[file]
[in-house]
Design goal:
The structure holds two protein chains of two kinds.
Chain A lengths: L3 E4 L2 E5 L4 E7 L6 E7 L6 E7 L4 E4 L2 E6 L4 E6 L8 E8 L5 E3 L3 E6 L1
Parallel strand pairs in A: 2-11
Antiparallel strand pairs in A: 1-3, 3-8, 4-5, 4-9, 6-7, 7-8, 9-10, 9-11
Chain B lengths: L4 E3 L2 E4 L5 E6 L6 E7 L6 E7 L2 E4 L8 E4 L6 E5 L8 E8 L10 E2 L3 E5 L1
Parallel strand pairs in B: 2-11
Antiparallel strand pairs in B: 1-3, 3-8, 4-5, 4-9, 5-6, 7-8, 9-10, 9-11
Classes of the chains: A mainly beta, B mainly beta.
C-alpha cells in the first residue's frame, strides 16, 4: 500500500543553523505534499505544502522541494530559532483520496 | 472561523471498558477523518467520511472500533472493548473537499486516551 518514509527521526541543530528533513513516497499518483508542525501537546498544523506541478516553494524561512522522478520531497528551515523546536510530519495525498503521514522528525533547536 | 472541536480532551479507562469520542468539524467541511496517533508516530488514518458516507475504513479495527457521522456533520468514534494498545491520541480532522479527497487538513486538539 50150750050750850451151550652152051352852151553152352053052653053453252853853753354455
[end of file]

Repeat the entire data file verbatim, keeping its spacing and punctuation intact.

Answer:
[in-house]
Design goal:
The structure holds two protein chains of two kinds.
Chain A lengths: L3 E4 L2 E5 L4 E7 L6 E7 L6 E7 L4 E4 L2 E6 L4 E6 L8 E8 L5 E3 L3 E6 L1
Parallel strand pairs in A: 2-11
Antiparallel strand pairs in A: 1-3, 3-8, 4-5, 4-9, 6-7, 7-8, 9-10, 9-11
Chain B lengths: L4 E3 L2 E4 L5 E6 L6 E7 L6 E7 L2 E4 L8 E4 L6 E5 L8 E8 L10 E2 L3 E5 L1
Parallel strand pairs in B: 2-11
Antiparallel strand pairs in B: 1-3, 3-8, 4-5, 4-9, 5-6, 7-8, 9-10, 9-11
Classes of the chains: A mainly beta, B mainly beta.
C-alpha cells in the first residue's frame, strides 16, 4: 500500500543553523505534499505544502522541494530559532483520496 | 472561523471498558477523518467520511472500533472493548473537499486516551 518514509527521526541543530528533513513516497499518483508542525501537546498544523506541478516553494524561512522522478520531497528551515523546536510530519495525498503521514522528525533547536 | 472541536480532551479507562469520542468539524467541511496517533508516530488514518458516507475504513479495527457521522456533520468514534494498545491520541480532522479527497487538513486538539 50150750050750850451151550652152051352852151553152352053052653053453252853853753354455